“Who Killed the Armenians?”-Interview with one of the film’s creators Myriam Zaki

“Who Killed the Armenians?”-this is the title of the first Arabic-language documentary devoted to the Armenian Genocide that presents several archival photos and materials. The shootings took place in Armenia, Egypt and Lebanon. The film’s creators are Mr. and Mrs. Mohamad Hanafi and Myriam Zaki from Egypt. Hayern Aysor’s correspondent sat down for an interview with Myriam Zaki and found out certain details about the film.

-The film “Who Killed the Armenians?” is the first Arabic-language documentary devoted to the Armenian Genocide. What made you and Mohamad Hanafi  make such a film?

-I personally had only heard once about the Armenian Genocide when my History professor in College had suggested I write about it for a class paper. I did not at the time. Perhaps it was egocentrism of youth and the centric vision of the world that our part of the world largely shared. With the Arab Spring, I came to realize the interconnectedness of History as it related not only to my country, but to me. The Arab Spring is by no means a Spring to the Arab World, but for many of us, it has forced us to revise concepts and history. The courage to face one’s skeletons and correct the path is an introspection that should have taken place a long time ago. You May know that Egypt was semi autonomous from the Ottomans. Hence, they seemed irrelevant in our modern history books. And Egypt was self absorbed in its own processes post 1952. Studying the first Genocide in the History of the twentieth century has given me the opportunity to re-evaluate the role of the Ottoman Empire in the Arab lands and connect to the modern day period with a new understanding. In a nutshell, understanding the Armenian Genocide sheds a whole new understanding to the Arab Spring. It is time for Humanity and the Arab World to take a long hard look in the mirror and hopefully take concrete steps in correcting the path. This was our initial motive in studying the subject and making the film to introduce Arab audiences through the historical facts and documents to a Historical Reality that needs to be recognized and a path that needs to be faced with courage. To Mohamed and I, it is our common Humanity that binds us, and we dream of a world in which international politics reflect our moral values, as well as the values of the Egyptian people. We in Egypt abhor violence and bloodshed, injustice and deceit. We instinctively seek to unite with the divine, and thus, the Genocide of the Armenian people, which has been kept under so much silence, is an outrage to our humanity.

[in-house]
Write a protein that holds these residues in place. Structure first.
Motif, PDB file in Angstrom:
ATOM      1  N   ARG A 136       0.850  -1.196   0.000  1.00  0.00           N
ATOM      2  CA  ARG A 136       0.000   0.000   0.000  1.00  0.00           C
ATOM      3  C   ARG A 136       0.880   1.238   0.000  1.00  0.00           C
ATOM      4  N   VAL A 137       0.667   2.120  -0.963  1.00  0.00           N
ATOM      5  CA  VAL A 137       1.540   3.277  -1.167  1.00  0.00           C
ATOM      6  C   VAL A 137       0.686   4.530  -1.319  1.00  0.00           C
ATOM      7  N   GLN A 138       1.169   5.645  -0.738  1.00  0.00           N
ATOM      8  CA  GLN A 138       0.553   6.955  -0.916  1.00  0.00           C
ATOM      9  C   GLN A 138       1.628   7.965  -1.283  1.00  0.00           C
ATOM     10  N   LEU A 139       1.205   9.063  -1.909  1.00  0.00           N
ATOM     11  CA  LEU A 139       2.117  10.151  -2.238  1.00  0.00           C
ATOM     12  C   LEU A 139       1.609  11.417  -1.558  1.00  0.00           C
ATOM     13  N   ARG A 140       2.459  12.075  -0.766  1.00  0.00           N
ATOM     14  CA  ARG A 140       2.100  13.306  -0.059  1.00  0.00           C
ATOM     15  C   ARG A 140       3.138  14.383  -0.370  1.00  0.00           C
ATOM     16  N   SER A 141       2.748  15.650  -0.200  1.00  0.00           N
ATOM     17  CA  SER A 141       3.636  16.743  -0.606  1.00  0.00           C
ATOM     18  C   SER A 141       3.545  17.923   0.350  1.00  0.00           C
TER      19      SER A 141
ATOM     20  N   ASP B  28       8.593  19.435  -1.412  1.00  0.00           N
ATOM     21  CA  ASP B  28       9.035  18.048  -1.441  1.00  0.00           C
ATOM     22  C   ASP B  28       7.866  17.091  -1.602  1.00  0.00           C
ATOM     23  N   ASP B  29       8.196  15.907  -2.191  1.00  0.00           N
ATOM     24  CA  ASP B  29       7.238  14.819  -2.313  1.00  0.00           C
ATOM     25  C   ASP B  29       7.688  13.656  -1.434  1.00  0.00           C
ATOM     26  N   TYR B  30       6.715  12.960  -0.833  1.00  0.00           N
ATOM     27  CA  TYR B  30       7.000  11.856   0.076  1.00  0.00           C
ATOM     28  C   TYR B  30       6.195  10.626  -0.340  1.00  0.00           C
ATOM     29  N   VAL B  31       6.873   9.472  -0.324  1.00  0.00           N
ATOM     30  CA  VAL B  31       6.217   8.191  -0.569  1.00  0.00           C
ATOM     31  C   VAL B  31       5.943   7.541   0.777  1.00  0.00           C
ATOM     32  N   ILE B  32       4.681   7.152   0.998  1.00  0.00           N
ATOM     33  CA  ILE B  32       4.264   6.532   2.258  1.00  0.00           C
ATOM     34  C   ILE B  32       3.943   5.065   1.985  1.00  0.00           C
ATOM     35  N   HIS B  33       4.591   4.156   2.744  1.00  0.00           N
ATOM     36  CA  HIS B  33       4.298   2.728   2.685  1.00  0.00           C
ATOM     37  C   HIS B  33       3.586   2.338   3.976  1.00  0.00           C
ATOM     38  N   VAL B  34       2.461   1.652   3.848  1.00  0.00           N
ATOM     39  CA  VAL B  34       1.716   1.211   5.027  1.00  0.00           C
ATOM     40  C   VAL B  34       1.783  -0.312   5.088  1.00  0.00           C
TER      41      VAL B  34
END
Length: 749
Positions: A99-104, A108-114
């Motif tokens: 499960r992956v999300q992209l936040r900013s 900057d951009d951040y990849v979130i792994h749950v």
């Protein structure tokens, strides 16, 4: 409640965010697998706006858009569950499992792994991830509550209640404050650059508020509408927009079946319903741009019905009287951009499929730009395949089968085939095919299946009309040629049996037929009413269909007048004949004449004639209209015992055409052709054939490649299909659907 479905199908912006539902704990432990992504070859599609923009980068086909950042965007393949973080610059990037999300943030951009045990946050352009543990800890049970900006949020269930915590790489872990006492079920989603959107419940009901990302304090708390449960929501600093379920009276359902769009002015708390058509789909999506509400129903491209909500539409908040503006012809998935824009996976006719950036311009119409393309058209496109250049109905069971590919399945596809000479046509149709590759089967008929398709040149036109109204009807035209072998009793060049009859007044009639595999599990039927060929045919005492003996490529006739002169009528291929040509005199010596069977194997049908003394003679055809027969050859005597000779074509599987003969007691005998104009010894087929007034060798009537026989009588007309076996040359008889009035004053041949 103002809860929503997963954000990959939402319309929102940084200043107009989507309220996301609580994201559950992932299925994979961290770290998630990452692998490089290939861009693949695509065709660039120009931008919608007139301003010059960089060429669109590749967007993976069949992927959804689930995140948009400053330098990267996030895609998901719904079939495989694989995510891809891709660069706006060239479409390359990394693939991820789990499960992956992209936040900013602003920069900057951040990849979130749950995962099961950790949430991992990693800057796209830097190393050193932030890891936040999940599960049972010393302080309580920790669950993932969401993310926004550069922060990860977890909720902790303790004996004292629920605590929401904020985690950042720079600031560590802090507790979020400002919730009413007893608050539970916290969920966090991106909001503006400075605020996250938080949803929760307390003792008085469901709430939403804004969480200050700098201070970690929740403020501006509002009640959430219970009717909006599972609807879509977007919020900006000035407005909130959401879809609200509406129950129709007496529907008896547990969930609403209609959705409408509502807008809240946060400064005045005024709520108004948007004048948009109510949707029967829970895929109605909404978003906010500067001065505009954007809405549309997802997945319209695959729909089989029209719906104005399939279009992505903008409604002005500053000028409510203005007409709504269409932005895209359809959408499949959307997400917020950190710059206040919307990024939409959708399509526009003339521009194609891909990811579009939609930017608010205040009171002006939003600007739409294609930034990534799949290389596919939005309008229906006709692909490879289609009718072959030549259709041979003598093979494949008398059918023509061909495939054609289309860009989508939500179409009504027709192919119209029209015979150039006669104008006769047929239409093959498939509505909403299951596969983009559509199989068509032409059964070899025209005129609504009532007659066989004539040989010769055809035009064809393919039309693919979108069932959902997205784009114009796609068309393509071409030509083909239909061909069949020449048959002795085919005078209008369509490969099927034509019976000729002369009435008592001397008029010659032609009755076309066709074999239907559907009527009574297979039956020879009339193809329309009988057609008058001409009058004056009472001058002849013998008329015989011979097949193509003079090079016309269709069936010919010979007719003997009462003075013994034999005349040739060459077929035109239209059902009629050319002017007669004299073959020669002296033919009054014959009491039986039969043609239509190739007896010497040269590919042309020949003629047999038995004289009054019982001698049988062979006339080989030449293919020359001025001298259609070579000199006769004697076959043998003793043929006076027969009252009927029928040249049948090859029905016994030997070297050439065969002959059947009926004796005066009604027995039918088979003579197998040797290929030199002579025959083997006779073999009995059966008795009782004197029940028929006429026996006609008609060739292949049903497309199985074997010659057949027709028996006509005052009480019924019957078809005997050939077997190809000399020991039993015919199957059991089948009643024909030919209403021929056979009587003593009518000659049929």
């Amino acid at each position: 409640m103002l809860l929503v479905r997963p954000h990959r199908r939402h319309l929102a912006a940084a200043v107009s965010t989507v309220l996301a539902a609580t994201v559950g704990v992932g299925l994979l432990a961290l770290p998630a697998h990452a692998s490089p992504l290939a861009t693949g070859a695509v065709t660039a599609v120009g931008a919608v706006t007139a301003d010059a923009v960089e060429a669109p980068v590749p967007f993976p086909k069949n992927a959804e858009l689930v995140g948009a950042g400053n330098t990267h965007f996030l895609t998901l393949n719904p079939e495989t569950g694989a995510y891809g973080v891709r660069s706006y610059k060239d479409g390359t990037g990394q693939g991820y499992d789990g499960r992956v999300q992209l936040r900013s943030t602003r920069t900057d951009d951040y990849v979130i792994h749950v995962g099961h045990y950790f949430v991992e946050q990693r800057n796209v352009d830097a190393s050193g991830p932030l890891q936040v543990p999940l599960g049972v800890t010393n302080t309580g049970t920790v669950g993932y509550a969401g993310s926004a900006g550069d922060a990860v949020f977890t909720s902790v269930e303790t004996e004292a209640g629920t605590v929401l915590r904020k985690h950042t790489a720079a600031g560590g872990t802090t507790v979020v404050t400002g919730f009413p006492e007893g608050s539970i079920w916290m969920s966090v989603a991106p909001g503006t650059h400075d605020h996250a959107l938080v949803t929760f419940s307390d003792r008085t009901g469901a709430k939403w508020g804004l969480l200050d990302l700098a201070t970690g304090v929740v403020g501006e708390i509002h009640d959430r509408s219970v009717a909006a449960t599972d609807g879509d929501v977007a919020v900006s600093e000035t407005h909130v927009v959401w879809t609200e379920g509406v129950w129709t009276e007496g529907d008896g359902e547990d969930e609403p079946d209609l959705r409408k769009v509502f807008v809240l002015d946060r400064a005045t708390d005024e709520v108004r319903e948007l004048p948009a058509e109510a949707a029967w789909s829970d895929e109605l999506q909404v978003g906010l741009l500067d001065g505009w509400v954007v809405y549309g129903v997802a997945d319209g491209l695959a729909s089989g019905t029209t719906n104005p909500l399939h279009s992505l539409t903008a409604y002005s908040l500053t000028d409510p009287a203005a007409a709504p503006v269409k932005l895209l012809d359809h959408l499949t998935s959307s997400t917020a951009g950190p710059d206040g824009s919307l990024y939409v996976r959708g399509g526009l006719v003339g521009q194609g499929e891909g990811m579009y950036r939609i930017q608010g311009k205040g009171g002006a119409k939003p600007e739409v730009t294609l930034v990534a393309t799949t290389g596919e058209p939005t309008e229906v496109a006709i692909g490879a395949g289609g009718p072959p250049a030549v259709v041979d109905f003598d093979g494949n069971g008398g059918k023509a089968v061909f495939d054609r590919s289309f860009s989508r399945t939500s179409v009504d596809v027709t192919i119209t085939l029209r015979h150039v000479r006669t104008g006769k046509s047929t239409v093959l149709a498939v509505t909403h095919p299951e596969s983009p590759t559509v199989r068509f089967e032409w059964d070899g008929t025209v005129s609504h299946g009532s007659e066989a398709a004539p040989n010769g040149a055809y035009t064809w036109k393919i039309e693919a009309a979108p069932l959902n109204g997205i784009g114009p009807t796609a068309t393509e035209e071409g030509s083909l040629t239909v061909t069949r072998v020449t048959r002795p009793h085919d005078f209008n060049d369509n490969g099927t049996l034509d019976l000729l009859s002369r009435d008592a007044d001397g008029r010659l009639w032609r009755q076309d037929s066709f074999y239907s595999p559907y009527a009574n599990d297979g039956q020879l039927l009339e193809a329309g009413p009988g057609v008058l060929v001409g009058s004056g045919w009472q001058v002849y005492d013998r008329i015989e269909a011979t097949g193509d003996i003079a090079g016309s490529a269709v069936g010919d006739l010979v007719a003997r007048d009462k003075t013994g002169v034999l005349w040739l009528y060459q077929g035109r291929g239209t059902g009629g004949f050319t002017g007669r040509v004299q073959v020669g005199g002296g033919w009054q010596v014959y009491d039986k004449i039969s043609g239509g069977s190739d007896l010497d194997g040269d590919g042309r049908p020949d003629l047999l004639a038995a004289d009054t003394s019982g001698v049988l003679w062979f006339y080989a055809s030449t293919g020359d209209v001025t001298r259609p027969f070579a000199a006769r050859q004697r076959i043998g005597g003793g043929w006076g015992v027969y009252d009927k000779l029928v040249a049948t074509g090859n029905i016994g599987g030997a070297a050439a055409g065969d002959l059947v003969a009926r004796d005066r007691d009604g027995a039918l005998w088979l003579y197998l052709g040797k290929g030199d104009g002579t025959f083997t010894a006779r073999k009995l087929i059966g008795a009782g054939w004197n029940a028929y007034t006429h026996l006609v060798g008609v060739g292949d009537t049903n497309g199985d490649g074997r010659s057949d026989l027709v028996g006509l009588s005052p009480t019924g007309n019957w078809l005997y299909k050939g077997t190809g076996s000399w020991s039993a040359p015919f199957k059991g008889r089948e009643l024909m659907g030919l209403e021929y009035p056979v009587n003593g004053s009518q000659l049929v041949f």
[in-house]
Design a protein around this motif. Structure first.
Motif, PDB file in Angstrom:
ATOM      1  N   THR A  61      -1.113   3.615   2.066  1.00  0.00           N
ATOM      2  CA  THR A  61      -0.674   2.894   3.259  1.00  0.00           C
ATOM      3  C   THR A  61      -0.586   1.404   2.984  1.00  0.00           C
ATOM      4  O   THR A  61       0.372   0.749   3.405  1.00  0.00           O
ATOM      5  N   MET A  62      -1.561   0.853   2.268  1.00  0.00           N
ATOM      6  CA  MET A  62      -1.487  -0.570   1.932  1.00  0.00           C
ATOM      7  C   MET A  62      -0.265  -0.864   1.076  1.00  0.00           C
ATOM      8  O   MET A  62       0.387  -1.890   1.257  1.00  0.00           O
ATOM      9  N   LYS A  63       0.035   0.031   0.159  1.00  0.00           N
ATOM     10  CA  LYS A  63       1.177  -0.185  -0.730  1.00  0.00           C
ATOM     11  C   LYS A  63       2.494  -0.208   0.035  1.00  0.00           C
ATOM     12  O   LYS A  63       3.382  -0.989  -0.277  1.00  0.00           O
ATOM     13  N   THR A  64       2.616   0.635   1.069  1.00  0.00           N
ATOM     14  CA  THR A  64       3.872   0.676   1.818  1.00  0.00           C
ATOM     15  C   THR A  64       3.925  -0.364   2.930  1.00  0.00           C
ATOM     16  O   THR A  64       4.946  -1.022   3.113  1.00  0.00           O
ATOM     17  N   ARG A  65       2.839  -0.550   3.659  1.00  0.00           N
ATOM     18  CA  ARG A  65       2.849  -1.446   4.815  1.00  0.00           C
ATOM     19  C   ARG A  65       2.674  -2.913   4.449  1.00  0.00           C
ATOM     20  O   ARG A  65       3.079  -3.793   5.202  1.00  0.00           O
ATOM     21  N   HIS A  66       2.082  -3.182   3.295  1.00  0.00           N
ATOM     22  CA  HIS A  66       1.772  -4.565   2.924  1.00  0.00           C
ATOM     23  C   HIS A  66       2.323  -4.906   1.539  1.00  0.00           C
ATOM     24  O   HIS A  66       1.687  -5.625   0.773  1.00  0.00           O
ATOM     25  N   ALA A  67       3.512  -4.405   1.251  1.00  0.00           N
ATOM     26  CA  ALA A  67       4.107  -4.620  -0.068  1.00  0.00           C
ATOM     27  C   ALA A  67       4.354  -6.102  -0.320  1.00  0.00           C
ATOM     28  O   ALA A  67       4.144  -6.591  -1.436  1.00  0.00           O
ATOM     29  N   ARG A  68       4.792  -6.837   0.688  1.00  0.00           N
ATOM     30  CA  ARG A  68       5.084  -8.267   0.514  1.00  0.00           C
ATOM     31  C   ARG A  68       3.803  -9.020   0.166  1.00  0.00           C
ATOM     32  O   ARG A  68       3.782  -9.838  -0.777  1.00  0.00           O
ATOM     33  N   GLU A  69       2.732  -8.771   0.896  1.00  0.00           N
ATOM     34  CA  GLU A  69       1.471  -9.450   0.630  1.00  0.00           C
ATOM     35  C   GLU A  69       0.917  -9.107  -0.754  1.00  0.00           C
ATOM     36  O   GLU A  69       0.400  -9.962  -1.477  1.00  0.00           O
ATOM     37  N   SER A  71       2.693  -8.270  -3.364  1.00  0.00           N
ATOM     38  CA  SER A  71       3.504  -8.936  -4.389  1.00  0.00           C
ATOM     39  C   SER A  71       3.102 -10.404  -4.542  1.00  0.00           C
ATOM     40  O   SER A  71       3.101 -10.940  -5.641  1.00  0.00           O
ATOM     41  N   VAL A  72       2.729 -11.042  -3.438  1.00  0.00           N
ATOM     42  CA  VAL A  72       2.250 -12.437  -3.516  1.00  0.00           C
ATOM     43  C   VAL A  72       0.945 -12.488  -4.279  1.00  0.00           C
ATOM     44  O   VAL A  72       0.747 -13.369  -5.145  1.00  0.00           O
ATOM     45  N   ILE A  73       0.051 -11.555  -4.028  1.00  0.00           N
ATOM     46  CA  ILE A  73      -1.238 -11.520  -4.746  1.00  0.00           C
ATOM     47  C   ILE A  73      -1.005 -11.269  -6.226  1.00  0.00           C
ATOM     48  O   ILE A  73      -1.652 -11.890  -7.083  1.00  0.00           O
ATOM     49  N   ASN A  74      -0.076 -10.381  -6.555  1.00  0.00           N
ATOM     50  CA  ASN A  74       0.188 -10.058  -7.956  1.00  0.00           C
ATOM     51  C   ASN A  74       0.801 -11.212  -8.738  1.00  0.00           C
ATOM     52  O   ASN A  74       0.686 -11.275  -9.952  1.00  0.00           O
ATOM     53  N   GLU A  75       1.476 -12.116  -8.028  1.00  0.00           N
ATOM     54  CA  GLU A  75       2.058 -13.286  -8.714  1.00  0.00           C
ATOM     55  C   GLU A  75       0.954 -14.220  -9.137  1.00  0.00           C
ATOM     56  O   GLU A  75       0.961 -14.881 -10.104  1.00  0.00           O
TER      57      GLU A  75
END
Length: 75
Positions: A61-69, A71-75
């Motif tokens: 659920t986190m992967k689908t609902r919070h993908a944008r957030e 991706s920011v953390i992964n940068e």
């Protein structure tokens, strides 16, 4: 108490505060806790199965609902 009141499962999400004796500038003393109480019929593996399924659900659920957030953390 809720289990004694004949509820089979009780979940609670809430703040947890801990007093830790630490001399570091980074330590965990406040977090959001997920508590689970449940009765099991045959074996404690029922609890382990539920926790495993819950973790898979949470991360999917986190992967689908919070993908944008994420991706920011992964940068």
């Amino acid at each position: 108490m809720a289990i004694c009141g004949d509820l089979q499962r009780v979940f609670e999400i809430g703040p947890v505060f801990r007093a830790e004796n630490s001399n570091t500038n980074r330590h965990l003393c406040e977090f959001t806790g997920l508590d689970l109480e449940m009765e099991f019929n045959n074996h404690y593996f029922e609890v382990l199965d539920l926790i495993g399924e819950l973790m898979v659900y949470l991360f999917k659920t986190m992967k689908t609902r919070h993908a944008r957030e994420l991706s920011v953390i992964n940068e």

-Could you provide us with some details about the film?

-The film looks at the overall history of the Armenian Genocide with documents that are revealed for the first time to the Arab audiences. We felt that the history has to be told and revealed-the history in general, though I must admit that each segment in that film deserves a film of its own. There was a time when our film seemed 2 hours long. We had to make it shorter. That was a challenge because the concepts and angles that needed to be tackled are of extreme importance in order to clarify the issue, and omitting any of it would seem like a reduction of the cause. I invite you to see the final outcome of the documentary. We are proud to have taken part in such a project, and we hope you enjoy it.

 -What difficulties did you face during production? Who helped you overcome them?

-We encountered many difficulties along the way, but no difficulty was a chore. Somehow everything flowed. It took us a little longer to finish the film than usual because Mohamed and I were responsible for a five-day live show that I was hosting alongside production. Certainly, the language barrier while conducting the interviews was a novelty because we had to wait for the translations in text or the simultaneous ones in order to grasp what is being said, which was time-consuming. Other than that, I must say that Dr. Armen Mazloumian and our Armenian friends were so smoothly patient and supportive every step of the way that no difficulty every seemed like a difficulty. It was more of a pleasure to be in such a warm atmosphere. I have to give credit and appreciation to all Armenians who opened their doors for us on every level with such grace. This is something that I will always cherish and never forget.

-How do you see the future of the film? What successes do you expect?

-We have very high hopes for this documentary. And I honestly dream of it reaching as many people as possible. I personally believe in the power of the Word and the sincerity of cause and emotion. It has a magical effect for change. Throw your intentions to the universe and let it be, rest, and it will simply magnify. That is why we have to work on our collective consciousness and moral values, with the insight of creating a better place for our children. It is an immense responsibility once we realize what it really means. God bless you, and thank you so much for this opportunity.


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